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Home · Articles · News · Features · A few words with Geoge Weeks
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A few words with Geoge Weeks

Sandra Serra Bradshaw - September 15th, 2005
For those who follow state politics, George Weeks is an old friend. Weeks has been writing a political column in the Detroit News since the mid-’80s, which is syndicated in a number of newspapers in Northern Michigan. But his roots in political writing go back as far as the 1950s.
Always interested in reporting an “Up North” spin, Weeks has a side interest related to the region in the form of his reissued and updated book on the Sleeping Bear National Lakeshore.

NE: When did you realize you wanted to become a writer?
Weeks: Journalism, I guess, was in my genes. My father was a city editor of the Record-Eagle-before he joined, as secretary of the Traverse City Chamber of Commerce, with editor Jay Smith in starting the National Cherry Festival. In Traverse City, I started an Elmwood Grade School publication for patrol boys, co-founded with Jim Hall the Junior High Watchbird, and was an editor of the Traverse City Central High Black & Gold and the school’s yearbook, The Pines. I also worked on the State News at Michigan State University, where I majored in journalism. So it’s not as though I stumbled into daily journalism.

NE: How and when did you get started as a political columnist?
Weeks: In the 1950s, as Lansing Bureau Chief for United Press International, I wrote UPI’s weekly “Michigan Politics” column, as well as its weekly “Michigan Outdoors” column. I had an early interest in conservation/environmental issues and my political writings have taken periodic looks at how politicians, particularly Michigan governors, address them.
As former African Affairs correspondent, and then foreign editor in UPI’s Washington Bureau, I developed an interest in how such issues impact on American politics.

NE: How many papers is your column in?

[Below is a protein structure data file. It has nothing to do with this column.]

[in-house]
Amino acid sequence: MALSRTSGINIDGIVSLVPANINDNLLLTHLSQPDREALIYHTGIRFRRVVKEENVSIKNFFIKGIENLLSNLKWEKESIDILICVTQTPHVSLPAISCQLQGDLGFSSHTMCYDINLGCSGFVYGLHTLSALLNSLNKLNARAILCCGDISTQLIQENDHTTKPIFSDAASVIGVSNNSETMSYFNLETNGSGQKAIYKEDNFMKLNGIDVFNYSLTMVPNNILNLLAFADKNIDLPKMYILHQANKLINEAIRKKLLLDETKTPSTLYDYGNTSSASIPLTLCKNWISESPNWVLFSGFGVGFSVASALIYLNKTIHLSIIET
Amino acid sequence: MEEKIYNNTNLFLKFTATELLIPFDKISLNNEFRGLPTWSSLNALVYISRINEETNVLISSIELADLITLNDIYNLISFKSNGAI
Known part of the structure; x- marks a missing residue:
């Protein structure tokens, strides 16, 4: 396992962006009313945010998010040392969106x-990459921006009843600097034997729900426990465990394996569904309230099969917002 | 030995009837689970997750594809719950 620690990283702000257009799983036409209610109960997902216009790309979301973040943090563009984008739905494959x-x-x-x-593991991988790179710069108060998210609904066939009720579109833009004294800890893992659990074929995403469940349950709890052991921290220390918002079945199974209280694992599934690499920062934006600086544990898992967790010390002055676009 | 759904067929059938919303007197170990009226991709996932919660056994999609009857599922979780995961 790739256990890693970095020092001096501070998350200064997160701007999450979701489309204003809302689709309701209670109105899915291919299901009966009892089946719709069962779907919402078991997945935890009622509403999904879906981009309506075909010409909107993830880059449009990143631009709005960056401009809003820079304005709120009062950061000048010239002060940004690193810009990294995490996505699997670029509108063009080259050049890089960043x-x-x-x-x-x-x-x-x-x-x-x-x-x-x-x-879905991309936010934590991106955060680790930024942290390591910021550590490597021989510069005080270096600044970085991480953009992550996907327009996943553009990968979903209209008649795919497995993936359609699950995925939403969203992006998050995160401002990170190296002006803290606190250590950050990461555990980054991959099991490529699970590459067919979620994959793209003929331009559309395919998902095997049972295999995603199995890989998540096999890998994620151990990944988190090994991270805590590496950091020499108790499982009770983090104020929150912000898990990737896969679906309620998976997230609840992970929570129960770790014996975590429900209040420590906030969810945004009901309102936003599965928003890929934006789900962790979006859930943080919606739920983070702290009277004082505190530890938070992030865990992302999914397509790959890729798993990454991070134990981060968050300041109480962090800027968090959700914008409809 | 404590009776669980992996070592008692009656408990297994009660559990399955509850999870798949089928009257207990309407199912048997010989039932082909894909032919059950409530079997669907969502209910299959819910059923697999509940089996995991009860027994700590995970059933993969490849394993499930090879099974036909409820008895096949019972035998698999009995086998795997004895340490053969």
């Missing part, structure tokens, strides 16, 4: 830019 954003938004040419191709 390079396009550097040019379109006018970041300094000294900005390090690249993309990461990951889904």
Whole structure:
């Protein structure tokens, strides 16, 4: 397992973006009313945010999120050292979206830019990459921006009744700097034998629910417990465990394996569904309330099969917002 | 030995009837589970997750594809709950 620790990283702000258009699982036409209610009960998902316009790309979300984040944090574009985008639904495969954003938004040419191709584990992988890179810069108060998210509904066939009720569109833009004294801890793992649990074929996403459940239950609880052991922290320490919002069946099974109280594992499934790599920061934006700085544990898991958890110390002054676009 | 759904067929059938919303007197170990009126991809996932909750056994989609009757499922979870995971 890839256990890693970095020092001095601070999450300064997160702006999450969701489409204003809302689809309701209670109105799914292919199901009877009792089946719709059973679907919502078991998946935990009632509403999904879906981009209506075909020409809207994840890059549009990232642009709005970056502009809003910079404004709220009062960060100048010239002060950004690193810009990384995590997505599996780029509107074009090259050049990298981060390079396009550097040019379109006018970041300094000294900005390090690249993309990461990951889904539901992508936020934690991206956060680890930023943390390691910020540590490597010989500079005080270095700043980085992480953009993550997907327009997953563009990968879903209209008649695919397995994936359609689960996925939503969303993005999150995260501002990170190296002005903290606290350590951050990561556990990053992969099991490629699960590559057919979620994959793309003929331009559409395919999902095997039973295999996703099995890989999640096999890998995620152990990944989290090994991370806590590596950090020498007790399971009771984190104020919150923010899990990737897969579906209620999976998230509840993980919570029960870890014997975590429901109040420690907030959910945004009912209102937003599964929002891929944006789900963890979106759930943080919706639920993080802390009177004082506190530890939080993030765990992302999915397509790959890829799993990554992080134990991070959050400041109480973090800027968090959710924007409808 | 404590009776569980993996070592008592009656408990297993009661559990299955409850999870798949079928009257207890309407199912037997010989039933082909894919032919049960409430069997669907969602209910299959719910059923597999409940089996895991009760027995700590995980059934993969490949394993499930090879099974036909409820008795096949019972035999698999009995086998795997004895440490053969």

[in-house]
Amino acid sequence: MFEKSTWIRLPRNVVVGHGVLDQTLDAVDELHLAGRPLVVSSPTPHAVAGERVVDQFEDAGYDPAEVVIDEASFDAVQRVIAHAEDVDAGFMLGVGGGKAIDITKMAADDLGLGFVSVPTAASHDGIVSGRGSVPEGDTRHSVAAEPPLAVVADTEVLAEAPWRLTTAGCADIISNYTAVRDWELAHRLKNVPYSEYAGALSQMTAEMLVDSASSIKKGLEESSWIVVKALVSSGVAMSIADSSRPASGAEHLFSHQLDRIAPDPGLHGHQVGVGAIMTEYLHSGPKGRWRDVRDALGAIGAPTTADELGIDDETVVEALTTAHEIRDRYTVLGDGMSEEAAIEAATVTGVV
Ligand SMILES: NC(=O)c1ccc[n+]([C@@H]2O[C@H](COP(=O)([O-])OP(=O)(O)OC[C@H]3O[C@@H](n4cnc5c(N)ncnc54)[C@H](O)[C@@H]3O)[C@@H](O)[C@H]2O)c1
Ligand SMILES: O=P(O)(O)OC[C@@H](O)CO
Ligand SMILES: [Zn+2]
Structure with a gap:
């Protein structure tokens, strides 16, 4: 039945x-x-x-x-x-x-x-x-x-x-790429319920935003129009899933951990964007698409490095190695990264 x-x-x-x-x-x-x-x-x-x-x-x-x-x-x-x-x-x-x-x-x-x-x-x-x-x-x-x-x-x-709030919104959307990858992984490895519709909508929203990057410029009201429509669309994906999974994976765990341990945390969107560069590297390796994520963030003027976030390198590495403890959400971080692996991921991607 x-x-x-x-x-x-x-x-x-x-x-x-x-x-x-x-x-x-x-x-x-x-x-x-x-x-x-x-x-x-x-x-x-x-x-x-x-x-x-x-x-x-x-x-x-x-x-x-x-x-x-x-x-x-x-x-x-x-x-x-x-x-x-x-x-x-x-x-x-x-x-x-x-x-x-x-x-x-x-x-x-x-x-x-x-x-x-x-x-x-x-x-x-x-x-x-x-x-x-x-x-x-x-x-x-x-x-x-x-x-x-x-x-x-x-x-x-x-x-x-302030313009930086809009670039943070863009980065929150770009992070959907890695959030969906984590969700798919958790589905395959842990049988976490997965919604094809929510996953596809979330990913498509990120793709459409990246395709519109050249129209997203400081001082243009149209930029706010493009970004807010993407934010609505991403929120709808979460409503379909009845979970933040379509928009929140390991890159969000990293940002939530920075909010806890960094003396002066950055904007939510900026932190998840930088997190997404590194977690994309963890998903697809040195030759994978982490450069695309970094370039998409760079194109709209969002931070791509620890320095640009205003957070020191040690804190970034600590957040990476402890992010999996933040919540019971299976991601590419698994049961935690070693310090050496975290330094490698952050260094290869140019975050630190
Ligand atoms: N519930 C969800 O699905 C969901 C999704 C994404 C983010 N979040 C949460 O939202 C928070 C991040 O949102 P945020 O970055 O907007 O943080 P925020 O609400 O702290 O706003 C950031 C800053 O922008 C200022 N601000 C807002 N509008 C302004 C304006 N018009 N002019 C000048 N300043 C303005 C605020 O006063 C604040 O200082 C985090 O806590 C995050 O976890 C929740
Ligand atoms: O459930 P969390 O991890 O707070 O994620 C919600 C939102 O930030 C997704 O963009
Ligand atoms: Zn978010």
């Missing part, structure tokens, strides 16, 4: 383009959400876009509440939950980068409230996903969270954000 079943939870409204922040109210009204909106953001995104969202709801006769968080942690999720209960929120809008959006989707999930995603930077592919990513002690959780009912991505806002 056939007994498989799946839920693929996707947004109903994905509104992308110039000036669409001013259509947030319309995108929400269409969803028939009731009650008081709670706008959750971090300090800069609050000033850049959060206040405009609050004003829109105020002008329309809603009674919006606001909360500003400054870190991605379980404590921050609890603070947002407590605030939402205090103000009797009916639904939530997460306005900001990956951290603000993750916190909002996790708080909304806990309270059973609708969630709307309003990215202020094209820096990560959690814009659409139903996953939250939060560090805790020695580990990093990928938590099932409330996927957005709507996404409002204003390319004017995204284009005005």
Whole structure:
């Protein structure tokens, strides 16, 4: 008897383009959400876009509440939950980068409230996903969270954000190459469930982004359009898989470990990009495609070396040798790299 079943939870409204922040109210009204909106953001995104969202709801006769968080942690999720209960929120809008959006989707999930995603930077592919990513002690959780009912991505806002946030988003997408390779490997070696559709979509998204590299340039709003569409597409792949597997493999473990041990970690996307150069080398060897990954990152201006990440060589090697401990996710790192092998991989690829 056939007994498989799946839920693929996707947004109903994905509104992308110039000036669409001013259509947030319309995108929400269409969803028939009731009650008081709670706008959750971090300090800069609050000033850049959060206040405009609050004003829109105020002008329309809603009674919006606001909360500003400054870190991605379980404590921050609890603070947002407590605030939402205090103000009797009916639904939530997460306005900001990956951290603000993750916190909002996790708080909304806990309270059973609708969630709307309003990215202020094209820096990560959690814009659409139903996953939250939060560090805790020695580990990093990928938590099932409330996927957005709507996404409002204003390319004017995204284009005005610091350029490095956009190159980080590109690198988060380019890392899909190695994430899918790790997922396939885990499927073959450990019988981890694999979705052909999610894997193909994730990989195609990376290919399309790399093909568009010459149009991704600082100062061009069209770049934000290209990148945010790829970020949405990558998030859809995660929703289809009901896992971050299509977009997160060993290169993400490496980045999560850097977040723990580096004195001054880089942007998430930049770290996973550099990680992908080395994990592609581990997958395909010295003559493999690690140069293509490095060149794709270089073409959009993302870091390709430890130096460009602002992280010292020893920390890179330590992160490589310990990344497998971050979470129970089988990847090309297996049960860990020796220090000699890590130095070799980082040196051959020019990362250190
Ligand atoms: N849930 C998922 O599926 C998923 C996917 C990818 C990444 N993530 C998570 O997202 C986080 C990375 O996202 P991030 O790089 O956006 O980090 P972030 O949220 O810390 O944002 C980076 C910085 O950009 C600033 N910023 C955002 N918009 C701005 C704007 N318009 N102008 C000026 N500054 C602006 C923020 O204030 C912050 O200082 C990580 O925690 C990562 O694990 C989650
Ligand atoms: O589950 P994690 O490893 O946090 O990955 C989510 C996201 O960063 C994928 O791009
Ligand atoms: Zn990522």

Weeks: As political columnist for The Detroit News, my column is in the paper Tuesday and Thursday, and in the combined News-Free Press Sunday edition. My Sunday column also is syndicated by Superior Features of Elk Rapids for the Traverse City Record-Eagle and four Upper Peninsula papers. I’m always interested in an Up North political spin.

NE: How do you get your information?
Weeks: By attending events across the state; interviewing politicians at all levels-and those burrowed in their bureaucracies; drawing on files compiled over the decades and assorted publications.
I have near my desk all the Michigan Manuals dating back to the 1800s, and maintain a library on ex-governors/presidents. And let’s face it, press releases from politicians are part of it -- not only offering the initial information on their proposals but also being starting points for getting reaction. Reaction, mine and the other side, is a big part of what I do.
Print political journalists -- who originate much of the fodder that gets picked up by the AP and is spun out on local TV -- must, on the other hand, acknowledge that much of what we put in print is generated by the weekend TV network shows, including Tim Russert’s “Meet the Press” NBC show. Last Sunday, for example, I recorded Michigan Sen. Carl Levin for the eighth time this year on a national TV show, when he appeared on CNN as ranking Democrat on the Senate Armed Services Committee. It provided a large portion of a column I did on Levin as Democratic point man on Iraq.
At the state level, there’s Tim Skubick’s “Off the Record” show on Michigan public TV. And wise is the politician who appears on Ron Jolly’s WTCM show, a political showcase for northern Michigan.